Vulnerability and the Unequal Distribution of Coronavirus Burdens
Which students in your classes are most vulnerable to the rippling impacts of the coronavirus? While many students have safe, secure environments in which to isolate themselves from the virus, many others have, of necessity, returned to living situations and off-campus jobs that amplify their vulnerability. A recent New York Times article documents the rise in domestic abuse since greater numbers of people have been in some kind of lockdown situation. Depending on the country, abuse reports appear to have risen between 20 and 30 percent within one to two weeks of quarantine measures beginning. Several news sources have been reporting this story, and survivors of domestic abuse suggest resources for those who are affected.
The coronavirus also exposes societal inequities among college students, who may have been forced to leave a relatively even playing field and return to widely varying circumstances. As one college professor noted: “It’s as though you had a front-row view on American inequality and the ways in which it was disguised and papered over” (Anita Isaacs, Haverford College professor quoted in the New York Times). In an op ed piece published a week ago (“Surviving Coronavirus as a Broke College Student”) a University of Georgia student wrote:
For college students like me, the current solutions are: File for unemployment! Find a job at Kroger or Aldi at the detriment of your physical health! Call your potentially toxic parents! Tax refund! Personal loan! Sell your belongings!
These options are not good enough. College was supposed to give us hope for our financial future, not place us back in our parents’ houses without jobs.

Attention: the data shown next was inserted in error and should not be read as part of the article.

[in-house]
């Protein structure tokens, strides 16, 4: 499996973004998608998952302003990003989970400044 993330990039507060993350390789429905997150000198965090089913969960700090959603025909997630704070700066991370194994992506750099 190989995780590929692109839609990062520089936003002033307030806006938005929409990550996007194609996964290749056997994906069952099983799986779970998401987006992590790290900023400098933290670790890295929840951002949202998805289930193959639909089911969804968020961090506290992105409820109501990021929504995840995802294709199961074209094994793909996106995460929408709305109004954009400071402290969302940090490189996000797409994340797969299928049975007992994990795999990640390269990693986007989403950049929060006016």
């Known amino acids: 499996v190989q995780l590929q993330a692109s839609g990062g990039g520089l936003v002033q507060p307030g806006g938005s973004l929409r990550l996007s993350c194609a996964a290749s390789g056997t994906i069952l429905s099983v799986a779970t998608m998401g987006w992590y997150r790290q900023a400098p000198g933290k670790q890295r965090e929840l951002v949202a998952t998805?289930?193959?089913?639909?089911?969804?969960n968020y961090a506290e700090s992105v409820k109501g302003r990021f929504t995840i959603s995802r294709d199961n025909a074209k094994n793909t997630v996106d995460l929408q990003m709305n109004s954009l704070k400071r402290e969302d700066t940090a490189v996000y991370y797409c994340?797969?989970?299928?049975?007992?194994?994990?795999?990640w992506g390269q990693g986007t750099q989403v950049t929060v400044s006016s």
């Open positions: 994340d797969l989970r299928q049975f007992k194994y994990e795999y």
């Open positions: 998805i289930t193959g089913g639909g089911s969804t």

She concludes by advocating for mortgage and rent payments to be suspended so that people are not driven further into debt and don’t suffer housing insecurity during this crisis. (At least one NYC landlord would agree with her, saying “My concern is everyone’s health.”)
Finally, resource inequities can also make it difficult for students to successfully navigate the transition to emergency remote instruction, and reports of students not joining online instruction seem to bear this out.
The students who are struggling the most right now very likely suffer from challenges related to the rippling social, psychological, and economic effects of this pandemic. How will they be impacted if they fail our courses or if they drop or withdraw from one or more classes and don’t receive credit? What are the economic (and other) effects of such decisions? While we, as faculty and community members, may not have the capacity to respond to the structural factors that disproportionately impact our vulnerable students, we can ease their burdens as they relate to our individual classes. We can show care, we can relax deadlines, we can ask what this experience has been like for our students and their families, we can offer alternative assignments. Small acts of compassion can be tremendously meaningful in these unprecedented times